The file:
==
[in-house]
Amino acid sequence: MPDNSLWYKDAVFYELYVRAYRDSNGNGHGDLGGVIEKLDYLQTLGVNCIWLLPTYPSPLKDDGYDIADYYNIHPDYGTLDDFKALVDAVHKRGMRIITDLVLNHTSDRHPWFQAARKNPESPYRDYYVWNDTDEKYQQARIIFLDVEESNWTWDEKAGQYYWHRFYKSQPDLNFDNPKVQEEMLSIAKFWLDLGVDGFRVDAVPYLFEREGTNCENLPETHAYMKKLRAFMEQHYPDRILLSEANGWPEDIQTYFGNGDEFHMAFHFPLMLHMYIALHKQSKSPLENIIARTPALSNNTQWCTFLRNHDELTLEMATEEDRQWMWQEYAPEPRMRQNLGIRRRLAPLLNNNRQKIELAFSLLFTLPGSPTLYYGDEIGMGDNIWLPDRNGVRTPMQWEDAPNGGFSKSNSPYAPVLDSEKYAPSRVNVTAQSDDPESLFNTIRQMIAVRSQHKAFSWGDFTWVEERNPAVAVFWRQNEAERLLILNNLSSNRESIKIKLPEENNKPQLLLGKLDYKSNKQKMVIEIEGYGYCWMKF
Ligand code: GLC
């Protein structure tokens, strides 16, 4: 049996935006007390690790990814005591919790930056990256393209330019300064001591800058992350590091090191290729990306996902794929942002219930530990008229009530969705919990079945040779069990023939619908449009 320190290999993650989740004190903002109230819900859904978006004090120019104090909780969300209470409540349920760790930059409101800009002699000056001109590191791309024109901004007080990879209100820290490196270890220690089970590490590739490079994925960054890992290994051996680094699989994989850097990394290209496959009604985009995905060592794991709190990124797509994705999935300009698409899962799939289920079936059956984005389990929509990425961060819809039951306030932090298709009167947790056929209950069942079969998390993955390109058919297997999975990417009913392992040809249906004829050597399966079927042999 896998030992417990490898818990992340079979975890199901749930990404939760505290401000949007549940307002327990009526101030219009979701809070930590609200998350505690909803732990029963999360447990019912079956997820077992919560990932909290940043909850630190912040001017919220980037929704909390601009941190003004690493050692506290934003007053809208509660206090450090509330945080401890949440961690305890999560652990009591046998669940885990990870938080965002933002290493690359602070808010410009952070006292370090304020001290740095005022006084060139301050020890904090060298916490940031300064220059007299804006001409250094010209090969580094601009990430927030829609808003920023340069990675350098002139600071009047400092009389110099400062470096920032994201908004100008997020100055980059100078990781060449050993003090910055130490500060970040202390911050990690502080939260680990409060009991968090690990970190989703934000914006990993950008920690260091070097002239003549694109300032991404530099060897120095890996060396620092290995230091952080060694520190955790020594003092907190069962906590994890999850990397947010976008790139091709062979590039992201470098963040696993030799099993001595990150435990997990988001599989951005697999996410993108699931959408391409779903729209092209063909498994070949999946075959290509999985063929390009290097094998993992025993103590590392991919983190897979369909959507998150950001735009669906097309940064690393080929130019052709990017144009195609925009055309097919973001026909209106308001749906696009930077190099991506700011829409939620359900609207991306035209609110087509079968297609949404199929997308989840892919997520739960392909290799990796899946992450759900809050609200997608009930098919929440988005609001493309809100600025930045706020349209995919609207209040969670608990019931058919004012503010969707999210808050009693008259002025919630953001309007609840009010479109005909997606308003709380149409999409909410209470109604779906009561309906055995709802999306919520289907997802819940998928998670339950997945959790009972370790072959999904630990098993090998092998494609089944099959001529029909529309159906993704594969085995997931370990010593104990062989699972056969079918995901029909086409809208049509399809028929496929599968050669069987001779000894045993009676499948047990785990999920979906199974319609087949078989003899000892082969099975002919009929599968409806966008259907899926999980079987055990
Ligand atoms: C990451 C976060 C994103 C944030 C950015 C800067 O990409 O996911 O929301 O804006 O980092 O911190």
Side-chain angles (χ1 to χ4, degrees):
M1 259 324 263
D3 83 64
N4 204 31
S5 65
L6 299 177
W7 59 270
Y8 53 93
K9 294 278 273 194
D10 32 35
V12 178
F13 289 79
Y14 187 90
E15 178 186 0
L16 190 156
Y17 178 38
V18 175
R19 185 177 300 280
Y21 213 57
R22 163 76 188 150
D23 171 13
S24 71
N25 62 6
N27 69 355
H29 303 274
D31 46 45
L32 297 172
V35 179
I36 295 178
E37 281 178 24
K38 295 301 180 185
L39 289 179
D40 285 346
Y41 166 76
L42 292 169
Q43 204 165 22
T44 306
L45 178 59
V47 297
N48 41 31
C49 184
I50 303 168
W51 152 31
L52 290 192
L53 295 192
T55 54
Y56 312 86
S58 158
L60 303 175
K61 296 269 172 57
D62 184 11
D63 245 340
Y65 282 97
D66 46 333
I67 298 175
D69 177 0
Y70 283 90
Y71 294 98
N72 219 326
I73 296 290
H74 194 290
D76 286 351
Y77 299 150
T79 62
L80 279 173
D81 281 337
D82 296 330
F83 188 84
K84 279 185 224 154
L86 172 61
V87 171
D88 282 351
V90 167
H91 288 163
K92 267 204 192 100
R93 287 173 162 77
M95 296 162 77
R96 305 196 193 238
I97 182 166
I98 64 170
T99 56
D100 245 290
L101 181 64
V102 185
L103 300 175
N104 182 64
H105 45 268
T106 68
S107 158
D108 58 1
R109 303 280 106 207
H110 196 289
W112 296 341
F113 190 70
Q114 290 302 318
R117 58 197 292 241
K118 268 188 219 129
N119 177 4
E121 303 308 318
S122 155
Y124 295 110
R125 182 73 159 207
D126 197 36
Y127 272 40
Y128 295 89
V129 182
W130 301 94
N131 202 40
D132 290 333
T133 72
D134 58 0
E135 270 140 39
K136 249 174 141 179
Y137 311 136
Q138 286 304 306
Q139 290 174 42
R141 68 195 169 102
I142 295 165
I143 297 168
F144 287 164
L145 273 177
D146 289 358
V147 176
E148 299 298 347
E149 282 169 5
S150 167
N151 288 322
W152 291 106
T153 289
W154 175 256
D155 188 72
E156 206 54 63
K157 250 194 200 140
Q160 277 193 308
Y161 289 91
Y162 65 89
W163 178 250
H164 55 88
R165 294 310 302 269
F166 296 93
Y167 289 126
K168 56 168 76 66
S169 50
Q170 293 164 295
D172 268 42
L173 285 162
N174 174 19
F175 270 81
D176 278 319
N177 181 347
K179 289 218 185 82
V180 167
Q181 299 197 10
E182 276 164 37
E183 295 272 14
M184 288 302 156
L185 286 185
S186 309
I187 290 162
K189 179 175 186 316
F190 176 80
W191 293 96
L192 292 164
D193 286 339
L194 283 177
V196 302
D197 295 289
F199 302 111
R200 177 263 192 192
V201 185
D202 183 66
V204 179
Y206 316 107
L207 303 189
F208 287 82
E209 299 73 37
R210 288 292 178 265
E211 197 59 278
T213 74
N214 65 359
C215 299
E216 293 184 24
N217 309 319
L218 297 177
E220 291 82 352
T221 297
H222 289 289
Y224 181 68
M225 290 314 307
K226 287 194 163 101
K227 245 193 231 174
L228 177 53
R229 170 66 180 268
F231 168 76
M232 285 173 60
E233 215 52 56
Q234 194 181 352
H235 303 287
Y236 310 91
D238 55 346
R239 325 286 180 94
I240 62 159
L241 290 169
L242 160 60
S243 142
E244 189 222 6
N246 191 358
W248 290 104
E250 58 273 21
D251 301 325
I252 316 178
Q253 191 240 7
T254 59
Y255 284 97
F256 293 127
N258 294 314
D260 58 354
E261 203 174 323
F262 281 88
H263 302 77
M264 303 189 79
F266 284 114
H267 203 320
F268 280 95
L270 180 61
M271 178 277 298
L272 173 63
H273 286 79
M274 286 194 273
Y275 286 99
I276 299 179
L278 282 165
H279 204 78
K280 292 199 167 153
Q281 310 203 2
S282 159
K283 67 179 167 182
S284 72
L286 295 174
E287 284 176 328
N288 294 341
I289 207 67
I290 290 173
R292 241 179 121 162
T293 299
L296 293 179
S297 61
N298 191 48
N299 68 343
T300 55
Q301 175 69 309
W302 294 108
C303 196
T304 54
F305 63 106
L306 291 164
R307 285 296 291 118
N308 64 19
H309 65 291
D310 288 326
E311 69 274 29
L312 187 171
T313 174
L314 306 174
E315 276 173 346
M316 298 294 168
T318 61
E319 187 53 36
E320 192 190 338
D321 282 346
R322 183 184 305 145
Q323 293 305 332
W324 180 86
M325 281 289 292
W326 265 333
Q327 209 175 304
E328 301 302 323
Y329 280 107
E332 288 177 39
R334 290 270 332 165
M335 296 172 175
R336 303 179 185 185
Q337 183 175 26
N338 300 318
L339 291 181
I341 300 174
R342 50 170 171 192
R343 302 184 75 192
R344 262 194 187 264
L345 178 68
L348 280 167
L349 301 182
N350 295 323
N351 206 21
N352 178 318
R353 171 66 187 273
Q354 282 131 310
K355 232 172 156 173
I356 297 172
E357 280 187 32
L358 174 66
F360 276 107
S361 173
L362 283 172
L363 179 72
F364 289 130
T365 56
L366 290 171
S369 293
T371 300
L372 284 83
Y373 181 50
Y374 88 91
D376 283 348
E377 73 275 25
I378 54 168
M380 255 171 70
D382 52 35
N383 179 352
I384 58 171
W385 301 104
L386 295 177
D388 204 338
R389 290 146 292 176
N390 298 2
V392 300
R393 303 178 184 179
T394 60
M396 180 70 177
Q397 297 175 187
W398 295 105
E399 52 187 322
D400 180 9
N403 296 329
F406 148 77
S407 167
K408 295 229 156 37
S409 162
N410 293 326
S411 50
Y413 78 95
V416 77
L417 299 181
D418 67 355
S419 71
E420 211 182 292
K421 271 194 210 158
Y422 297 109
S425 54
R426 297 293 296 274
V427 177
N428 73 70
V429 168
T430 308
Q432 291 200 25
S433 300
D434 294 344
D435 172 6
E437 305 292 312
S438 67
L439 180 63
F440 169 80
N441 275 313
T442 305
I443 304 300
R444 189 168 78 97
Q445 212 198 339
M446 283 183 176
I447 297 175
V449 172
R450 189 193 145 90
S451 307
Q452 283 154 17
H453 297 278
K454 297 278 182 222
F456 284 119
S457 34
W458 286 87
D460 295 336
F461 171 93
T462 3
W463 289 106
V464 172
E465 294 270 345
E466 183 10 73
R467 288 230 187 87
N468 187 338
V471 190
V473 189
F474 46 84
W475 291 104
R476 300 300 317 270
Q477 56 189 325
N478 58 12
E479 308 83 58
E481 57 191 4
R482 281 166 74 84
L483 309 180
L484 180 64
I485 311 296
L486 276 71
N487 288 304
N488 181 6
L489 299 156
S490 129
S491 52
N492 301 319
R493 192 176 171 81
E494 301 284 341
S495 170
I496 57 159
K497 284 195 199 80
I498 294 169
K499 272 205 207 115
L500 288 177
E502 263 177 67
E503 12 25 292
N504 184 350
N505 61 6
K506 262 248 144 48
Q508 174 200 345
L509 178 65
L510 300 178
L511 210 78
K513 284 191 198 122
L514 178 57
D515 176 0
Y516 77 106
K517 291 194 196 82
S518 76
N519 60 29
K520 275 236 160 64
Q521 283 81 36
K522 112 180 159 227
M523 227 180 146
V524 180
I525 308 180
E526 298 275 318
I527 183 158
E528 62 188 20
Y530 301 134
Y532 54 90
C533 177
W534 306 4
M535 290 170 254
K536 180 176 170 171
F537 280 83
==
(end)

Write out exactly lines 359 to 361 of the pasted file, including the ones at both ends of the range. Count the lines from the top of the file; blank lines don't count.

T430 308
Q432 291 200 25
S433 300